When I arrived, they were working on the sequel to Hercules. The atmosphere was bizarre. They had such a cynical way of thinking. I came in and said, ‘I can do some designs,’ and they said, ‘OK. Yeah. That’s fine.’ When I worked there, I realized what not to do on a feature film. They have this mentality they’re trying to do ‘product’ — they don’t make films anymore, it’s like they do advertisements now. People are very talented there but there’s no soul.
At a high level, the allegory of artistic bankruptcy in Triplets is plain — a talented and devoted young man gets to live his professional dream only to be stolen away to the big city where he is chained to a machine and forced to mindlessly enact a simulation of his passion. Chomet, however, cannot help but get specific in his anti-Disney screed through the diminutive, mousy mechanic who maintains the cycling machine. With his small stature, his sniffing nose, and his large ears (accentuated by the guards he wears while attending a barber), he evokes thoughts of animation’s most famous mouse, while his neat hair, prominent nose, and moustache recalls Uncle Walt himself. The cycling machine resembles a scaled-down version of an Epcot ride with its rear-projected screen emulating the park’s dark rides and motion simulators. And if that was not enough, Chomet evens goes so far as to include a photograph of the mechanic at an amusement park holding a confection prominently labelled “SUCKER” and sharp-eyed viewers might even notice a Mickey-shaped turd floating in a rough-looking toilet. The Triplets of Belleville is rarely characterized as an invective against the Mouse House, perhaps because feature-length animated films are an unexpected forum for a diss track or perhaps because it lacks the explicitness of Air Pirates Funnies, Robert Armstrong’s Mickey Rat, or Wally Wood’s Disneyland Memorial Orgy poster, but it deserves consideration as an artistic and commercial polemic.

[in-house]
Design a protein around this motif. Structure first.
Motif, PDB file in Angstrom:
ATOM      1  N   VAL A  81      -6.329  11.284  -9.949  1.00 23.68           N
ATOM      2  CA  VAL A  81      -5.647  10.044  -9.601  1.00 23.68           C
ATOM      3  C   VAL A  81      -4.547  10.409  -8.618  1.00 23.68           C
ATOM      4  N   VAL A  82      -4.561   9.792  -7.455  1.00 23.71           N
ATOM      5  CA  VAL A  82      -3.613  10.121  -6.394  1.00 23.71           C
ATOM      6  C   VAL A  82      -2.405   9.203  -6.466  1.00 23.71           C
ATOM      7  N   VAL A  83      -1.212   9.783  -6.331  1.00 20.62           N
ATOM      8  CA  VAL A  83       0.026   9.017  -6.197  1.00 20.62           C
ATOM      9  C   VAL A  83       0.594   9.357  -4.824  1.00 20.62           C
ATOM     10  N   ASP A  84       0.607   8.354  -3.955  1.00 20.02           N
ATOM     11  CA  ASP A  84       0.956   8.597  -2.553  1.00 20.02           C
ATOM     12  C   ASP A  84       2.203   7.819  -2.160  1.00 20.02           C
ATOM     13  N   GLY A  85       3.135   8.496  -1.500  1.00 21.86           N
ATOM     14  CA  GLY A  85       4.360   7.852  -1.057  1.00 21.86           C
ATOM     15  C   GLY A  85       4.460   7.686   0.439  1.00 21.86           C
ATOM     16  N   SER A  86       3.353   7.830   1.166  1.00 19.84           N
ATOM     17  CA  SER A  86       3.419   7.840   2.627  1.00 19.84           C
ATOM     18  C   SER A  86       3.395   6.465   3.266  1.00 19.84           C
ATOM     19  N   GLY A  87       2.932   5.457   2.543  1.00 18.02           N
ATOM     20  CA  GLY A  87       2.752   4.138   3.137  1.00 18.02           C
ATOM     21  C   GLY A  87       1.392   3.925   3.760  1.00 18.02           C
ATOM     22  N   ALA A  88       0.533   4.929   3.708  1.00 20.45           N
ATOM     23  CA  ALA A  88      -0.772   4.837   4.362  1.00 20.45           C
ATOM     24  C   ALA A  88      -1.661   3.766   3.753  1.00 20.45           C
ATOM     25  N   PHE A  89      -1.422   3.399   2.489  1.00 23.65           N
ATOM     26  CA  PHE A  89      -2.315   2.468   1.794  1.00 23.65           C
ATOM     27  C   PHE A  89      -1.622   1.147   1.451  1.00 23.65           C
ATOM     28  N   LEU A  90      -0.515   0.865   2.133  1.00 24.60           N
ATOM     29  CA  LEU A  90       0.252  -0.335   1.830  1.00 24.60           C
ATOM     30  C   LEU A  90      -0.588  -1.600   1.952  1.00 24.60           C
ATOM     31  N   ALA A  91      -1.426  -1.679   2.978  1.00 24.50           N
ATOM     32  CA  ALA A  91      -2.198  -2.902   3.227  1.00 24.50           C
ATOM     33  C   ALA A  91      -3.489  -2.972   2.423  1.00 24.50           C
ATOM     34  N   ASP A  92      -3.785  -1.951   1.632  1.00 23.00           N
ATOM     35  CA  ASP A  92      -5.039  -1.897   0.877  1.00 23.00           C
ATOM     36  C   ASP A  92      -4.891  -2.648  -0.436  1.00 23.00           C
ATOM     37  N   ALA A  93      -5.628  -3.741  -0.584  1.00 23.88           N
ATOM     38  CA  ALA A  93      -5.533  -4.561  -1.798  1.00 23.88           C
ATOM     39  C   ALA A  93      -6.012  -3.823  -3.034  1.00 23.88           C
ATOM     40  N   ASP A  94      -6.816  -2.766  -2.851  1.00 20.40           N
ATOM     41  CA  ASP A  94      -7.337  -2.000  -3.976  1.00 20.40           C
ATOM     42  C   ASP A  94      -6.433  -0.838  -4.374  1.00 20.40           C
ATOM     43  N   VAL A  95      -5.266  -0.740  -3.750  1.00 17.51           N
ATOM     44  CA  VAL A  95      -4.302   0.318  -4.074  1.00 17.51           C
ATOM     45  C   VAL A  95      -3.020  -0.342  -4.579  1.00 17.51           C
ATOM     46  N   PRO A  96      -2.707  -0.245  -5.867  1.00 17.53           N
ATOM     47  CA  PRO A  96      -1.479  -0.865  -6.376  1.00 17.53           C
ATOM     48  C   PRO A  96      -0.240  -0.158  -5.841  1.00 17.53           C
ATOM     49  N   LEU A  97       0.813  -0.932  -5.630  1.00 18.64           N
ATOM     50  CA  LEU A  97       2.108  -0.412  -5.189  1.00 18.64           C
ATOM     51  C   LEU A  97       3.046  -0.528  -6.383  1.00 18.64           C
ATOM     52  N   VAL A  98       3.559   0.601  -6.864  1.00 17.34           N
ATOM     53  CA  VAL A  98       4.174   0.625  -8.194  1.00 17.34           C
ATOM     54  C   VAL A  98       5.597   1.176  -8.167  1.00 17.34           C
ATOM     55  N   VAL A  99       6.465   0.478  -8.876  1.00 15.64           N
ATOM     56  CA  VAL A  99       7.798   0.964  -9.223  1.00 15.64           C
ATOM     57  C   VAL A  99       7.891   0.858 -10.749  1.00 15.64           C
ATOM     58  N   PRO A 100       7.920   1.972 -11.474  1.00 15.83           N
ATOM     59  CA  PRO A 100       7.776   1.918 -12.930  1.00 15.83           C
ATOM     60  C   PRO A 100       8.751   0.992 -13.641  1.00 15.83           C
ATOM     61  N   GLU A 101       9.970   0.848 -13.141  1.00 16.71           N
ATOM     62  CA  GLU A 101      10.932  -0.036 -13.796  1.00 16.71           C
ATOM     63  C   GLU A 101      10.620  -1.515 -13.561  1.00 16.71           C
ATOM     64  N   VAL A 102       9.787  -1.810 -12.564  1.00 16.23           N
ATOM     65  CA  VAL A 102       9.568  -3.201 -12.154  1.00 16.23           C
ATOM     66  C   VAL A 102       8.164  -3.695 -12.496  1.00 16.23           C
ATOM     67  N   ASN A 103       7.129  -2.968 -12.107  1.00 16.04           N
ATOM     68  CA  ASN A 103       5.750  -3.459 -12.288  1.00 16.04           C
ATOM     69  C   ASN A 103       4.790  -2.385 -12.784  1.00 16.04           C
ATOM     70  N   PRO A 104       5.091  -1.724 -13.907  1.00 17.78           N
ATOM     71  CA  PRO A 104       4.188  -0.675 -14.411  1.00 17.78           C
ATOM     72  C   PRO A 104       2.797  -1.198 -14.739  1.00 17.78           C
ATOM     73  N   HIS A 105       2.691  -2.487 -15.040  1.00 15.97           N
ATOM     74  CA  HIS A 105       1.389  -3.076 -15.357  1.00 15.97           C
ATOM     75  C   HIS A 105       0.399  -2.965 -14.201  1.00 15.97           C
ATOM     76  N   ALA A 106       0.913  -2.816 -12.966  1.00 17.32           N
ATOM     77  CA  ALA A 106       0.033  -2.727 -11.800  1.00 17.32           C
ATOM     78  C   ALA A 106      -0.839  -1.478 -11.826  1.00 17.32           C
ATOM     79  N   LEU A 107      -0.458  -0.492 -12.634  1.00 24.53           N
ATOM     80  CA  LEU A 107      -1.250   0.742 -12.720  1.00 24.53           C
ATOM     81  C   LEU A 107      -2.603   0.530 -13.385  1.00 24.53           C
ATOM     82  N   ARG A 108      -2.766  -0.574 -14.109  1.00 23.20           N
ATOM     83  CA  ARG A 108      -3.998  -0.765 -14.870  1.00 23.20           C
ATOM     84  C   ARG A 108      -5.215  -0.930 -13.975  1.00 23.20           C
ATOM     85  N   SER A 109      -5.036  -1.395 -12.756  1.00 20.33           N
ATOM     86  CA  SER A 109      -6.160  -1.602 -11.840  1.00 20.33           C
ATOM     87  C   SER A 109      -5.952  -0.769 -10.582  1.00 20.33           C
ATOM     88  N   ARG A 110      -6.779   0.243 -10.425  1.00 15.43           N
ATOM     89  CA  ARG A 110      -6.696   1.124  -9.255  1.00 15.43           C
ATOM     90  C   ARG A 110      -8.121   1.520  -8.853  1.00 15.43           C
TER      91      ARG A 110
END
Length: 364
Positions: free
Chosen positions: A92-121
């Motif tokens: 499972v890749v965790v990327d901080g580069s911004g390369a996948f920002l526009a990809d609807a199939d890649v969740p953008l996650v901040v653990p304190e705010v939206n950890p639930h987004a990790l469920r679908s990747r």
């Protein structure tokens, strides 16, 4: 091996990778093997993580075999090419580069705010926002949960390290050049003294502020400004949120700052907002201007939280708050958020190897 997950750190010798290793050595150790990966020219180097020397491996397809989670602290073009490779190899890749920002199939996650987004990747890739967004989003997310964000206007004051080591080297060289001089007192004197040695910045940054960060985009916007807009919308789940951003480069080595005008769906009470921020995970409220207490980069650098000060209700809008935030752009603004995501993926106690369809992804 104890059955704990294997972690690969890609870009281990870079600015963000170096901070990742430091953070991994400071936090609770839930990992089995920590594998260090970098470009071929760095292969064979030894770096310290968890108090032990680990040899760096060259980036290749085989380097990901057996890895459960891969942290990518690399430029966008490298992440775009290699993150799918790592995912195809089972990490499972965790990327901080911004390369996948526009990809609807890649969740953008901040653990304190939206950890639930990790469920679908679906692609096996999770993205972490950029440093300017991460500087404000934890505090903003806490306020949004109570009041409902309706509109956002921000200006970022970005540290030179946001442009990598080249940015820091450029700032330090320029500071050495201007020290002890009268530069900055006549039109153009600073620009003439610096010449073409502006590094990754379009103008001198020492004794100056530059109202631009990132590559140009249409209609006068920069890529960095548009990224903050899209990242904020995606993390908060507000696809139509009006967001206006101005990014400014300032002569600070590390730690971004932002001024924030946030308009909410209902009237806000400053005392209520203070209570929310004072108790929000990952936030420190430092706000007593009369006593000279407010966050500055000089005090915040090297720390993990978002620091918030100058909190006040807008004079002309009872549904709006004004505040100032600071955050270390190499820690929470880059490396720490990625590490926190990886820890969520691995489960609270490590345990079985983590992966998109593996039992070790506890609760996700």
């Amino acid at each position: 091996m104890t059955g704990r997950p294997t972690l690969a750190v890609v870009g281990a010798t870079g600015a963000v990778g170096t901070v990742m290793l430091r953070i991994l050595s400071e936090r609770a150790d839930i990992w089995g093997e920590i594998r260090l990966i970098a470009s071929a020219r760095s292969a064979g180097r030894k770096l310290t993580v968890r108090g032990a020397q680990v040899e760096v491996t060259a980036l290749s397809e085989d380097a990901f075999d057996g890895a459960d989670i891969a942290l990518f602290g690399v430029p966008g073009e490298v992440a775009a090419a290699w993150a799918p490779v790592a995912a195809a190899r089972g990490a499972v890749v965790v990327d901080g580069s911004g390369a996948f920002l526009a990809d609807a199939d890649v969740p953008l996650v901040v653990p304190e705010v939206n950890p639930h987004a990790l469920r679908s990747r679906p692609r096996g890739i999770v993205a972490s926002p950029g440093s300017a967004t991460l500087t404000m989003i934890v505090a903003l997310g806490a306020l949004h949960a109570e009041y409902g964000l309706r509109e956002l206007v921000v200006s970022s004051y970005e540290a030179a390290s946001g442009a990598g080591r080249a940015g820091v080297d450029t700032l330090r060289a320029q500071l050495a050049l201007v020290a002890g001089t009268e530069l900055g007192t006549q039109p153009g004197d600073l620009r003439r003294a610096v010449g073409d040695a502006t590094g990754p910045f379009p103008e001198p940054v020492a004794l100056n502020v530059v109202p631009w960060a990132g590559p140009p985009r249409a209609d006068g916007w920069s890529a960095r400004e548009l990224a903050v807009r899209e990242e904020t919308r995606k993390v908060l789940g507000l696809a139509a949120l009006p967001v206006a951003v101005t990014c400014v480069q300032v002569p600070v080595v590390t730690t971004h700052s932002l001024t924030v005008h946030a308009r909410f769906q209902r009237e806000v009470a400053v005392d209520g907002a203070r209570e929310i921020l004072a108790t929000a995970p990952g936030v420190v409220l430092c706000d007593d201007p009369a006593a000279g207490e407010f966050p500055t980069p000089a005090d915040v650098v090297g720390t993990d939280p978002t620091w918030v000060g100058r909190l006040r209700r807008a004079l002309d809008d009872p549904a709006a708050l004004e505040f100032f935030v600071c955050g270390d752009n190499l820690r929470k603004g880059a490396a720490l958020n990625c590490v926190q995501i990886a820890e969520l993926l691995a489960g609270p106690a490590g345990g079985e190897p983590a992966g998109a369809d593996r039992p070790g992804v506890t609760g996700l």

Chomet was born in Maisons-Laffitte, near Paris, specialized in art in high school, and received his diploma in 1987 from the prestigious comic-strip studio at Angoulême. In 1988, he moved to London to establish a freelance commercial practice, moved to Canada in 1993, and then relocated in 2004 to Edinburgh, Scotland, to establish his ill-fated animation studio, Django Films. The Triplets of Belleville draws on Chomet’s experiences in France and abroad, pressing them through the filters of nostalgia and caricature. Chomet’s Belleville presents an agglomeration of New York City, Montreal, and Quebec City (with a bit of Paris thrown in for good measure). While the bustling metropolis suggests New York on its face, its buildings look stolen from Montreal (most particularly the Jacques Cartier Bridge) while much of its skyline is topped with the steeply pitched and spired copper roofs of Quebec City’s famed Chateau Frontenac. The whale Mme Souza briefly rides while pedaling into Belleville alludes to the St. Lawrence Seaway and sharp-eared francophones will hear some Quebecois joual in the mumbled dialogue of the city’s inhabitants. The Americanness of Belleville is most obviously expressed in the French cliché of all its citizens being obese, most particularly a rotund Statue of Liberty holding a hamburger and ice cream cone. Chomet made similar use of this perspective on America in his short film The Old Lady and the Pigeons (1997), although he reduces the sproinging, sloshing sound of their movements to some degree here.